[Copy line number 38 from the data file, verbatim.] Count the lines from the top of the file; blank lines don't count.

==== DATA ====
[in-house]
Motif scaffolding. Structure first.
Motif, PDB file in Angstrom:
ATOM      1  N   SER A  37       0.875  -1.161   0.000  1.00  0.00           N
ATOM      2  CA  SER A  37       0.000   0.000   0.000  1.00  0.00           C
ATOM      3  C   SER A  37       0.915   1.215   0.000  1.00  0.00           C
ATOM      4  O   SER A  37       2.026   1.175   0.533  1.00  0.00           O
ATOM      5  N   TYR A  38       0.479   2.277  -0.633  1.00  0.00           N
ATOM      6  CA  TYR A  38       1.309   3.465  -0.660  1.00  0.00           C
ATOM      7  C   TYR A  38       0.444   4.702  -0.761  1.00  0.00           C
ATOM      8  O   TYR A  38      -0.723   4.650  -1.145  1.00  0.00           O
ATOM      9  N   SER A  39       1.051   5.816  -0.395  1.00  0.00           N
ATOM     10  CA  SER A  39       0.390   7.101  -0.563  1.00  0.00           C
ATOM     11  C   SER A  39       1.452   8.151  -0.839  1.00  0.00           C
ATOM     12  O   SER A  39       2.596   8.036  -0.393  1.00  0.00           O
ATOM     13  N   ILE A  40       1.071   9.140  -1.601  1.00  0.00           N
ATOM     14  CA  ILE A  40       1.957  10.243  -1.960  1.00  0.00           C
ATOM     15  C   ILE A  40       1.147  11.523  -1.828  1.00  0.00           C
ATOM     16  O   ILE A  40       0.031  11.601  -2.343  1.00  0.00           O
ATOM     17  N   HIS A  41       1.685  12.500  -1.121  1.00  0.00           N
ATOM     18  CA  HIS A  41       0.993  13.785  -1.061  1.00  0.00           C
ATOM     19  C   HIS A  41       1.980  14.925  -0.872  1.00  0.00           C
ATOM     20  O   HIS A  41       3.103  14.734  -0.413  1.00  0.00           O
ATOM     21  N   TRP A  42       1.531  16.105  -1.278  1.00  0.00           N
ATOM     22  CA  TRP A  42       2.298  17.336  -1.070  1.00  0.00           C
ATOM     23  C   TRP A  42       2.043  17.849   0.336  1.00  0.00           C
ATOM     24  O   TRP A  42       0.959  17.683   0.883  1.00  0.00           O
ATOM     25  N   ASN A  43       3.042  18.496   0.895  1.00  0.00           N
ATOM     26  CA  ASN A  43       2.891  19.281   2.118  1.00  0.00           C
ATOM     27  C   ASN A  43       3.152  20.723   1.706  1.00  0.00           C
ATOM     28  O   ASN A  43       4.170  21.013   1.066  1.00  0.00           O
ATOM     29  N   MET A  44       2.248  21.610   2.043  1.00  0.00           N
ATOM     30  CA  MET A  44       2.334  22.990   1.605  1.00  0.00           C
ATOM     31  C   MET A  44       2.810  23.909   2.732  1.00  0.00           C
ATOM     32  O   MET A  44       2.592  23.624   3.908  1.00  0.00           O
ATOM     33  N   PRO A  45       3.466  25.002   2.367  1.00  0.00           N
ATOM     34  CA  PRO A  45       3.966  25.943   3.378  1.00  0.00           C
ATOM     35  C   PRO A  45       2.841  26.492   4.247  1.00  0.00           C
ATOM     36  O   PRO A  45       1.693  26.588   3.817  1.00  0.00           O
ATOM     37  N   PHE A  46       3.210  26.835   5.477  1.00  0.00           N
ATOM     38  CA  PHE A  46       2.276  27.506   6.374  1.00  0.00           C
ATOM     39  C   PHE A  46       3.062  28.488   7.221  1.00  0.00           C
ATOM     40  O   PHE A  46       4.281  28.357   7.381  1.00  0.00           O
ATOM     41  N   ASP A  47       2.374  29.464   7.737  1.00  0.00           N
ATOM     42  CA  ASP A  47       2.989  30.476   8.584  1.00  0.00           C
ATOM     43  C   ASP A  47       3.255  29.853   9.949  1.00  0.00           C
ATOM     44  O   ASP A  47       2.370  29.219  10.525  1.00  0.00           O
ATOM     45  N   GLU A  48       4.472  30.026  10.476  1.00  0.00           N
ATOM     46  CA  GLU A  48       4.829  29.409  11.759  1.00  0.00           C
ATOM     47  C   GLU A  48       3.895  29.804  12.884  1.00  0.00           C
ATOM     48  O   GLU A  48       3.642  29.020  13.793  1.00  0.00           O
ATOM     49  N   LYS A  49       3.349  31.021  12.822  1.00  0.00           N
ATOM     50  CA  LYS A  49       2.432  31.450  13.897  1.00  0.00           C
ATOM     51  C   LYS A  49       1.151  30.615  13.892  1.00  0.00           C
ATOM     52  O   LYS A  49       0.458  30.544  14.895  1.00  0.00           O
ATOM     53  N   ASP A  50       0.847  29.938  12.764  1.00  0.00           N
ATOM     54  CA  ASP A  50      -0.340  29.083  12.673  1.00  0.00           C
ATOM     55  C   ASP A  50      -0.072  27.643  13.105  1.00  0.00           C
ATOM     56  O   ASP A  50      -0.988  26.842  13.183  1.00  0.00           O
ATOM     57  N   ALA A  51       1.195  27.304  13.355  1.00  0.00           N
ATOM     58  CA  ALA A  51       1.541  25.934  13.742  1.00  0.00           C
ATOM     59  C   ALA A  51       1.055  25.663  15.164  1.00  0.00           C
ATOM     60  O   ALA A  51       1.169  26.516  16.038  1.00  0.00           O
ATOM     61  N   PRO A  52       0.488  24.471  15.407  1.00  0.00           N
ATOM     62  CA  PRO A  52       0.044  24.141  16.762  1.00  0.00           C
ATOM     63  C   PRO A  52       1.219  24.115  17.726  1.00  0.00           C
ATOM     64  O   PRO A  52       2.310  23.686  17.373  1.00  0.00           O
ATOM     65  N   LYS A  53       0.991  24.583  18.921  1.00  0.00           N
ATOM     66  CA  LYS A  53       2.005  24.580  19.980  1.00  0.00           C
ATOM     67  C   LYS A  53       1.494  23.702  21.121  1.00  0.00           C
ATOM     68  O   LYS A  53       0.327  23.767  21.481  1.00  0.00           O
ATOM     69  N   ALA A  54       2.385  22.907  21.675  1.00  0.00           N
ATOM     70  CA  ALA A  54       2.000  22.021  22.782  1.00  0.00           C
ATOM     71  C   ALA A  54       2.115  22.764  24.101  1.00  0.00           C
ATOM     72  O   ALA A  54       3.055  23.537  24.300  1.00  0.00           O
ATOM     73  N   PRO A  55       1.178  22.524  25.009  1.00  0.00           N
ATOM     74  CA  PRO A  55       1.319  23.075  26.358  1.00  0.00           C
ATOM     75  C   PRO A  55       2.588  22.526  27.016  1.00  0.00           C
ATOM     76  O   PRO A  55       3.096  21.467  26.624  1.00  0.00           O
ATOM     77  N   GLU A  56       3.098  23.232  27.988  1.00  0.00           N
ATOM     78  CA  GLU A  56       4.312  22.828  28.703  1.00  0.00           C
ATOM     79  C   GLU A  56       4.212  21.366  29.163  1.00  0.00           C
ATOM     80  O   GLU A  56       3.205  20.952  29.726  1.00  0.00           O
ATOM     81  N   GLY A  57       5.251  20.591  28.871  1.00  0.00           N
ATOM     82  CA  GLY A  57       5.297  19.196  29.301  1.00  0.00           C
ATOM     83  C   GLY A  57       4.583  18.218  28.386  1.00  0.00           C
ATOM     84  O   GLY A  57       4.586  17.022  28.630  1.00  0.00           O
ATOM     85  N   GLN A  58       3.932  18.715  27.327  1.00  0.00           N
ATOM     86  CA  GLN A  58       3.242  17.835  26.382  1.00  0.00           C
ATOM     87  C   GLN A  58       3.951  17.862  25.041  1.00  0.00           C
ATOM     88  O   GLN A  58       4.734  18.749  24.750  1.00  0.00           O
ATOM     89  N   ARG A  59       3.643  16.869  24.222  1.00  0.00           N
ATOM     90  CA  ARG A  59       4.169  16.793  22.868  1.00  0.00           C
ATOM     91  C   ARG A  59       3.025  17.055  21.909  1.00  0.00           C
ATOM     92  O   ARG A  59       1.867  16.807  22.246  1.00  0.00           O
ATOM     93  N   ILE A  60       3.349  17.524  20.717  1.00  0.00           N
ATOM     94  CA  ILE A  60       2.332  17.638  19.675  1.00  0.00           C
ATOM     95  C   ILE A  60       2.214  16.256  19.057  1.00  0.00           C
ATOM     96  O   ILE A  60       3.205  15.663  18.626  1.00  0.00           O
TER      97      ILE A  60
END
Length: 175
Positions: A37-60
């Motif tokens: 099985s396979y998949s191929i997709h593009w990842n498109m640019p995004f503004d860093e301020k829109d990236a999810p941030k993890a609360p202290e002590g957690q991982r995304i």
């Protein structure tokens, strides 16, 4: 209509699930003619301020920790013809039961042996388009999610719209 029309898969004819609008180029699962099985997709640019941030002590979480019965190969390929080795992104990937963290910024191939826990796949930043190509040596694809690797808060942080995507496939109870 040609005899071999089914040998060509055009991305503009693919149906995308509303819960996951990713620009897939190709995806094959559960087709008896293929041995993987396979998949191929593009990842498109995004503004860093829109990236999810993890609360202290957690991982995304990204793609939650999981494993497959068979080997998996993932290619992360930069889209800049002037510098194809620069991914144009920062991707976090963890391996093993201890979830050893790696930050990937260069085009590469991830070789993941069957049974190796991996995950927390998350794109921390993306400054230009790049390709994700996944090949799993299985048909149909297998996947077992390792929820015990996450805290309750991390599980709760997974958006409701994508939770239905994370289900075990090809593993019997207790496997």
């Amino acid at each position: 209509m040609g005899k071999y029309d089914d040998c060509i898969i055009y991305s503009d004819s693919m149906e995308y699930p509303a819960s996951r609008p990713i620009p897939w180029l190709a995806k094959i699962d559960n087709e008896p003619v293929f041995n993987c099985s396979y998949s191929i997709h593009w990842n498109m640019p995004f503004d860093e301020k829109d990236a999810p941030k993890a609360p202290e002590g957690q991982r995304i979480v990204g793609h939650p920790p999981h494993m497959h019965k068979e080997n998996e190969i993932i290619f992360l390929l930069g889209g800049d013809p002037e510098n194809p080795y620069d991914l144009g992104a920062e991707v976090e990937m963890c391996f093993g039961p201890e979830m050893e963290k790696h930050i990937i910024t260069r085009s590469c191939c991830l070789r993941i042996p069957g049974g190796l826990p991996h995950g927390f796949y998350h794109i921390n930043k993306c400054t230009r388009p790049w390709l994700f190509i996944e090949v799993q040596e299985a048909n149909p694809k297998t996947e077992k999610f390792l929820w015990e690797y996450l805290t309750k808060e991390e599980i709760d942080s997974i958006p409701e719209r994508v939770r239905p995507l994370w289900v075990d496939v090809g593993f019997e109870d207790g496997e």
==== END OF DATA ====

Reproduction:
ATOM     35  C   PRO A  45       2.841  26.492   4.247  1.00  0.00           C